July 24th, 2024

Enmax Centre parking back on the table

By Al Beeber - Lethbridge Herald on June 3, 2022.

LETHBRIDGE HERALDabeeber@lethbridgeherald.com

Lethbridge city council on Tuesday will be asked to rescind its April decision to implement paid parking at the Enmax Centre.
An agenda item by councillor John Middleton-Hope, which is scheduled to be addressed in the official business section of the meeting, also calls for council to direct administration to report back to council through the Economic Standing Policy Committee on Sept. 28 with other viable options to generate revenue for the centre.
The motion by the first-term councillor says council has received numerous complaints from the public including businesses in the proximity of the arena “highlighting a lack of community engagement and communication prior to the decision being made to impose paid parking.”
The motion also states the costs of implementing the plan as well as ongoing enforcement and maintenance costs versus the potential for revenue generation may not have been fully explored.
The motion requires a two-thirds vote by council to be successful.
Council on April 26 voted to introduce paid parking starting Sept. 1 at the Enmax with Hurricanes season ticket holders being exempt. The fee will be $5. Starting Sept. 1, Lethbridge College students will also have to pay to park there.
A statement on the City’s website in May stated that paid parking is “a fair and equitable way to generate revenue from users (both local and visitors) and to reduce the Enmax Centre’s reliance on support from Lethbridge taxpayers.”
Hurricanes president and team governor Doug Paisley told media after the announcement the team wasn’t aware council would be voting on the matter, adding it was aware of the prospect since a KPMG fiscal and operational review came out in 2019.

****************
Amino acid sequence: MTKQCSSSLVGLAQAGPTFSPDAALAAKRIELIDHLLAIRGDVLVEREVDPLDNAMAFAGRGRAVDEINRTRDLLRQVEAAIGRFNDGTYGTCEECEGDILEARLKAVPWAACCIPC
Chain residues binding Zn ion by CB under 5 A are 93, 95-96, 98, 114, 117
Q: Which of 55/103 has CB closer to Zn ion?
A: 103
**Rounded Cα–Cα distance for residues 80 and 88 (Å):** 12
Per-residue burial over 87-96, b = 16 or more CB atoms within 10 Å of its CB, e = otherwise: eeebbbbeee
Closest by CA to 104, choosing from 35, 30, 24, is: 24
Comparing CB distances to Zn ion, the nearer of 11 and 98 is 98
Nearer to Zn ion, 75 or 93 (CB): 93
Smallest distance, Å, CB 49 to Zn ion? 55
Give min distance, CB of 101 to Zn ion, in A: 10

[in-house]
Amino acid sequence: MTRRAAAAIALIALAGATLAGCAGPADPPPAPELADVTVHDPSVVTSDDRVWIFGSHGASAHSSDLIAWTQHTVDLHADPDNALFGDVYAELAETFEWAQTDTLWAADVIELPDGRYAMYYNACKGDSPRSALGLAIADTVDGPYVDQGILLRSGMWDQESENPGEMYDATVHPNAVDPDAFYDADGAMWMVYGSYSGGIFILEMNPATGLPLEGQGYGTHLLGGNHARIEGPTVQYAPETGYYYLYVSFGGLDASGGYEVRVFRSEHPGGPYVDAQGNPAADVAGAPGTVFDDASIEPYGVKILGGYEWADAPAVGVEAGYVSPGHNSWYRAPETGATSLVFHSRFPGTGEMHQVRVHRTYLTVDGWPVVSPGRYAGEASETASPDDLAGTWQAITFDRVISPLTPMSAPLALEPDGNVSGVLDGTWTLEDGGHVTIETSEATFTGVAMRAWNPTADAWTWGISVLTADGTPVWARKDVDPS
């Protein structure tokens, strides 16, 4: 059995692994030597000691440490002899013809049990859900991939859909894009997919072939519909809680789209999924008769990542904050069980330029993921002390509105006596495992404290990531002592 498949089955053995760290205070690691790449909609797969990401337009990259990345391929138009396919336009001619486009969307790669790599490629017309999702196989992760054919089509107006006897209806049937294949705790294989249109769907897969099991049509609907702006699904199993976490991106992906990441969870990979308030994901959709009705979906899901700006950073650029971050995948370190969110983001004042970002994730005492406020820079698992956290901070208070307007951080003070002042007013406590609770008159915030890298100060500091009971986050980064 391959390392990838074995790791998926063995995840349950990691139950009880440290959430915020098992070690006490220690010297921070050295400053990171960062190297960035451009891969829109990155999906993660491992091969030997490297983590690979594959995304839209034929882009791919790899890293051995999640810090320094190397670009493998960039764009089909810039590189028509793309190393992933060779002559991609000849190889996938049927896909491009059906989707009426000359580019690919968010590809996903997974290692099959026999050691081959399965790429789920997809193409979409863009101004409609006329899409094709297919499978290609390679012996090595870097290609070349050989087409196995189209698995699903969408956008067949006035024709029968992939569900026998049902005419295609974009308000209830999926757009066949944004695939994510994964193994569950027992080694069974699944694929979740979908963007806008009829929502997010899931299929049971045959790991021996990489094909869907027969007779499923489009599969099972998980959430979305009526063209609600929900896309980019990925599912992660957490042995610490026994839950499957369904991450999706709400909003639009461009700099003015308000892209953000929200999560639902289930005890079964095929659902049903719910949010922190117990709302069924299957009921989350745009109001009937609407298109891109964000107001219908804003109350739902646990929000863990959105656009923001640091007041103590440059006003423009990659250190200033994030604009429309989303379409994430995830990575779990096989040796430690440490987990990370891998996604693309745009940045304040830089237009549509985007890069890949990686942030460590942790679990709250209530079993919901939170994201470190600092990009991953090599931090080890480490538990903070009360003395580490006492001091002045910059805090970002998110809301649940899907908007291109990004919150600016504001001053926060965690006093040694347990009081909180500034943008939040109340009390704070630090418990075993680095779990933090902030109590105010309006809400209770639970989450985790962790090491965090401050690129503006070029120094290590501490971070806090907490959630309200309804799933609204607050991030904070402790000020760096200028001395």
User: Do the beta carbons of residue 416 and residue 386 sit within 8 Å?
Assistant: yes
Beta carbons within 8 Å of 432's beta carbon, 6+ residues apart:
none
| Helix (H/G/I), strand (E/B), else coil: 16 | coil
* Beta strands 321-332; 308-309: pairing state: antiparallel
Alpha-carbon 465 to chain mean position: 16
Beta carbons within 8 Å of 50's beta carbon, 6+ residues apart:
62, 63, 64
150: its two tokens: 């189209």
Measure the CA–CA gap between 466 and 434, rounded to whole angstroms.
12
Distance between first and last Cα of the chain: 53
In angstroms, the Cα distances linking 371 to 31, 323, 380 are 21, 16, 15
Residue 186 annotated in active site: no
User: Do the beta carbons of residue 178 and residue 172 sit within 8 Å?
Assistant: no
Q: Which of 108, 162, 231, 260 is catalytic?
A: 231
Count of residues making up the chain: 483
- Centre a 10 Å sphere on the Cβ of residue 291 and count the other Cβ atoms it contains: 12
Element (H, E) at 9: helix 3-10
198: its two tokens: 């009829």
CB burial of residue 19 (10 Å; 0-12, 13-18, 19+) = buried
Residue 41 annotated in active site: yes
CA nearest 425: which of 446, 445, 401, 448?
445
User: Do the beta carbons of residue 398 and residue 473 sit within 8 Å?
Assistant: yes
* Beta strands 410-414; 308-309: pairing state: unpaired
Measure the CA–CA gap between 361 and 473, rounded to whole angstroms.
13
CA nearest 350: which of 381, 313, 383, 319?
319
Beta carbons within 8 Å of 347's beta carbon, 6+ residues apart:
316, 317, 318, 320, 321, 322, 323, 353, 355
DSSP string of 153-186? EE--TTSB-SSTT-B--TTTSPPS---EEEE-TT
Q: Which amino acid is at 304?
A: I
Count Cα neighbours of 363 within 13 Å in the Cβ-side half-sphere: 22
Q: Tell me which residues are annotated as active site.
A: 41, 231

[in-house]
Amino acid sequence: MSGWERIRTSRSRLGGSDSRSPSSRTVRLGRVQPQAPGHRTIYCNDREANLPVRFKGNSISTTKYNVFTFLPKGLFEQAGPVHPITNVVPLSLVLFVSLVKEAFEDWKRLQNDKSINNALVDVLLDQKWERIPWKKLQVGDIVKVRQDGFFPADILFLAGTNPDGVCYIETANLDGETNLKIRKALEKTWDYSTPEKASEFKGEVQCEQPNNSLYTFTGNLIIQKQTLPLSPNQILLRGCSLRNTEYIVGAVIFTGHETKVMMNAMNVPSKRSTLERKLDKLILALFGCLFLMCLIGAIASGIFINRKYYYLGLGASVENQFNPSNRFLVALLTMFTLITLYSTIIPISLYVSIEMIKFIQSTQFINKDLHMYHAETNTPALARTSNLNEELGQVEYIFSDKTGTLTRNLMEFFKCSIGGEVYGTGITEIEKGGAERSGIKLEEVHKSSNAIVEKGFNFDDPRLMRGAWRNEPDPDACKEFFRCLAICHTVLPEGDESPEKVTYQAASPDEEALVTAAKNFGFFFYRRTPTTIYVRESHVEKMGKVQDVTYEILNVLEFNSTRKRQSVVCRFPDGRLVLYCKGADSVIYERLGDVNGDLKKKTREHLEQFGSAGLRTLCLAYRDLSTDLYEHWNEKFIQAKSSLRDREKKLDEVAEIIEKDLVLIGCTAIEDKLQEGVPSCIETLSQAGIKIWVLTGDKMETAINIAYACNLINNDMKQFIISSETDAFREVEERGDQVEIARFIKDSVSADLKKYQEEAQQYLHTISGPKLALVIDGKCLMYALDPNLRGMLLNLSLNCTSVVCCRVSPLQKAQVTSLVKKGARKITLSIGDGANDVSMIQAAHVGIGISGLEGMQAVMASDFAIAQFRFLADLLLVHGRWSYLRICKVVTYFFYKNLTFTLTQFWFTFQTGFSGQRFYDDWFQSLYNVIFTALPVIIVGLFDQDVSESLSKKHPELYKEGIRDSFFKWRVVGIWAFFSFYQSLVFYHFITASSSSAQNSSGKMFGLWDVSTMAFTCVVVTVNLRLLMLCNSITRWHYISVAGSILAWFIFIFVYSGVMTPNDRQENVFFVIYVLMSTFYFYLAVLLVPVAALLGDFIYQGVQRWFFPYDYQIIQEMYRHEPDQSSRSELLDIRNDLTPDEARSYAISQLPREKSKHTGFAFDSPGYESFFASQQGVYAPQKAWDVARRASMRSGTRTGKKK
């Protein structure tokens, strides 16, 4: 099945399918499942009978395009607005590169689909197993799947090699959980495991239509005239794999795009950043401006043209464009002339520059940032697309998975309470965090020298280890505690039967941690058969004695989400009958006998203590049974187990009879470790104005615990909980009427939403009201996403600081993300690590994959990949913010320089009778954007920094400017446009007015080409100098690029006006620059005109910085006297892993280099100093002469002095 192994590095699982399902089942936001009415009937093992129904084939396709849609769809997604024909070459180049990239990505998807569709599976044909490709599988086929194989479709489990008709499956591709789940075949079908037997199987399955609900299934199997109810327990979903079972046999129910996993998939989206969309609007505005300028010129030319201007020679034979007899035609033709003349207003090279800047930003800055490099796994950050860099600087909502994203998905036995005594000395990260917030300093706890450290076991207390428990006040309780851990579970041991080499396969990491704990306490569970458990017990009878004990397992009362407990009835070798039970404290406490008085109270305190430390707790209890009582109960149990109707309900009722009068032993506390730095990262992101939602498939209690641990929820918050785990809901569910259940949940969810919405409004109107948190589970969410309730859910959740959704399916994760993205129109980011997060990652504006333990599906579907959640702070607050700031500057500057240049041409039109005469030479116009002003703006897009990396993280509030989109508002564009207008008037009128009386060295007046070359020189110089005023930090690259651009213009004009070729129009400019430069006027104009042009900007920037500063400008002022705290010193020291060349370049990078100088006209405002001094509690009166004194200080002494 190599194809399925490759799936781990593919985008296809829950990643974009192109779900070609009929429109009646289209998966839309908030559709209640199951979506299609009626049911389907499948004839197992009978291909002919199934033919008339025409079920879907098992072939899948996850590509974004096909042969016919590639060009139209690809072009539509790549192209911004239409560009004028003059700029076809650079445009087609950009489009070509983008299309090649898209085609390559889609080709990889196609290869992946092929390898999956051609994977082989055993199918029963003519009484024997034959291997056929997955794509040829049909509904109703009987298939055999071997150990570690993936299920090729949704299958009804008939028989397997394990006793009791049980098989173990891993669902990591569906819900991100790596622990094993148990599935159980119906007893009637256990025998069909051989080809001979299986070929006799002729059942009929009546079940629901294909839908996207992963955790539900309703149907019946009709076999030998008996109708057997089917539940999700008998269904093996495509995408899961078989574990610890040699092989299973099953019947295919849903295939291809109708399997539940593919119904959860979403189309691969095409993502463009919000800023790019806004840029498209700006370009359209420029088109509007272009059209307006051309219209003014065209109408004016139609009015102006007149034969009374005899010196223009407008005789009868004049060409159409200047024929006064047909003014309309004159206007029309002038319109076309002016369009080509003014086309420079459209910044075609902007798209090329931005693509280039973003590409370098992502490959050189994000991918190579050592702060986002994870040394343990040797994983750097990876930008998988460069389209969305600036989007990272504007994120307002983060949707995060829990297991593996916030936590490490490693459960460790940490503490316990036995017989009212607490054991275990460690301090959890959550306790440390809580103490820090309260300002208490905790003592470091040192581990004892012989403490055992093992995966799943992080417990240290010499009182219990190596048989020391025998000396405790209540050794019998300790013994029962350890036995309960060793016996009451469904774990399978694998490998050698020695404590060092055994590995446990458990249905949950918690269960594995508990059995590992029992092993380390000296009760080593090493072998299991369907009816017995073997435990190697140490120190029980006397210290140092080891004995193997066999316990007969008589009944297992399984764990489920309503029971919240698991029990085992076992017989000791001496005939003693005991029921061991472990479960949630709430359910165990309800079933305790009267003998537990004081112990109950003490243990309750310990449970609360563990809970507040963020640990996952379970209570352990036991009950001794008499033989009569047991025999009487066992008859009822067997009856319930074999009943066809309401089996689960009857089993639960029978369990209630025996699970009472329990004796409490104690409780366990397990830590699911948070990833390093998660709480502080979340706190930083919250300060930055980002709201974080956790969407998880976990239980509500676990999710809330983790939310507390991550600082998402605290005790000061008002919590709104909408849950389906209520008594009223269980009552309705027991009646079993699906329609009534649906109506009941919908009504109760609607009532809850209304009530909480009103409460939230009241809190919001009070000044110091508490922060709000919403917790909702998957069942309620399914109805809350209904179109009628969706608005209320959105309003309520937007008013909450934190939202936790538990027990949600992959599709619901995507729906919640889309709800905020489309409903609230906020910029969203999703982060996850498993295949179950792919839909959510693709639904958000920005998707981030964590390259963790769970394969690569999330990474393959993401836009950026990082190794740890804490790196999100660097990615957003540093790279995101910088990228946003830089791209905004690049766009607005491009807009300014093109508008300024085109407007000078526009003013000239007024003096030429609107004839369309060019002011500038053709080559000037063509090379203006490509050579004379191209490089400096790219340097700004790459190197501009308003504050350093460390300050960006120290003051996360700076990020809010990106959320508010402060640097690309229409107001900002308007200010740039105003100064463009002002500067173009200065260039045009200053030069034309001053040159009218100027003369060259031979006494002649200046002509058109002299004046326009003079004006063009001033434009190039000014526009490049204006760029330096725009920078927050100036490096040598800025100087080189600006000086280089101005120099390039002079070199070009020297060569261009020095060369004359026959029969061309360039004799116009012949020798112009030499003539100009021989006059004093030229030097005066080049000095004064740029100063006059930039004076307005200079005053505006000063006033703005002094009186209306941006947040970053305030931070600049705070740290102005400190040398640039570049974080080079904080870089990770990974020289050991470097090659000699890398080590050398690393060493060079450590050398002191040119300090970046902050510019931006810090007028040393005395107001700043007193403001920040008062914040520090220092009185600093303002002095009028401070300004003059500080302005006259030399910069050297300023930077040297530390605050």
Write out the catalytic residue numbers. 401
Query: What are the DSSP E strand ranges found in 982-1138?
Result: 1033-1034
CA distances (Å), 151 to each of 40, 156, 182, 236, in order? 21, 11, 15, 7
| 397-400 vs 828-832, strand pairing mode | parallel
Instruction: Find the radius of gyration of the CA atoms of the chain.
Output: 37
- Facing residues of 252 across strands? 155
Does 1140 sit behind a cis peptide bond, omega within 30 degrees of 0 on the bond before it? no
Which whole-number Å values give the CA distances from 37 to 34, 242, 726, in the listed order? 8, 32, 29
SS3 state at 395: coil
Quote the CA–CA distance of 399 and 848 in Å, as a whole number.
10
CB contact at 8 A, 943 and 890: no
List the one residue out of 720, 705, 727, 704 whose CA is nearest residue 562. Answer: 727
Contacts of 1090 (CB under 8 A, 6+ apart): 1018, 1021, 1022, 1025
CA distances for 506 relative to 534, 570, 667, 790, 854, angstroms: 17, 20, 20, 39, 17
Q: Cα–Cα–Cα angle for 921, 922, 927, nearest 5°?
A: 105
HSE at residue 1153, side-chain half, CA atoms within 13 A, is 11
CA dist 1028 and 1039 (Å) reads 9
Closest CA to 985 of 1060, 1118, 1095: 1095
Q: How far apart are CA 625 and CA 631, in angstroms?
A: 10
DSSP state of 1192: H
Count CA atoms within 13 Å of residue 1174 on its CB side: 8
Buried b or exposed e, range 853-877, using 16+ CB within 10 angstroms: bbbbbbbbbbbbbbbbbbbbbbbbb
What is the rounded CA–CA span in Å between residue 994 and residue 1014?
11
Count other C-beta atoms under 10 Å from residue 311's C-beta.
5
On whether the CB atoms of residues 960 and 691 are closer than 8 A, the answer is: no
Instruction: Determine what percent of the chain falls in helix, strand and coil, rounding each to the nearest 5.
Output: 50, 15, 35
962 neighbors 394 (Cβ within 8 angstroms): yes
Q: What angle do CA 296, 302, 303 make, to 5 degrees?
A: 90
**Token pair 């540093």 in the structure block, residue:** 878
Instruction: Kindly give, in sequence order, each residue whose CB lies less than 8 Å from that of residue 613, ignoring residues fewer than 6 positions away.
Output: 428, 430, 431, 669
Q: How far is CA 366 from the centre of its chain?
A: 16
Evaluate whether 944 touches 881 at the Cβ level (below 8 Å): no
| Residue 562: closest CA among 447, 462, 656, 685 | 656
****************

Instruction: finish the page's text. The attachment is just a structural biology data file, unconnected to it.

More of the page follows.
Paisley told media the team is concerned about what fans will be willing to pay in the future to attend games.
“Within our lease, there is a piece that states if paid parking is ever implemented at the Enmax, that there will be a negotiation on how revenue will be shared because obviously with the majority of dates and being the anchor tenant in the Enmax Centre, clearly we’re going to be involved in that conversation and negotiation,” Paisley said in May.
The KPMG report stated annually the business unit of the Enmax Centre receives a tax-supported operating subsidy of between $1.7 – $1.8 million.
Taxpayers subsidized operations by almost $8 million from 2014-18, said the report.
“The Enmax Centre is not a core service and therefore the events it offers do not need to be subsidized by all taxpayers,” said the report.
In 2018 – two years before the pandemic hit – the centre staged 189 events over 212 event days representing an annualized utilization of 58 per cent, said the report. Those 189 events attracted 315,000 people and on average events used about 35 per cent of the centre’s 6,600 seats. The facility also has 24 luxury suites and 38 luxury lounge seats.
The report stated paid parking could generate $250,000 per year if $5 was charged per vehicle per event.
According to the report, 10 small and mid-market arenas with hockey teams were used to compare performance to the Enmax Centre with most of those being city-owned.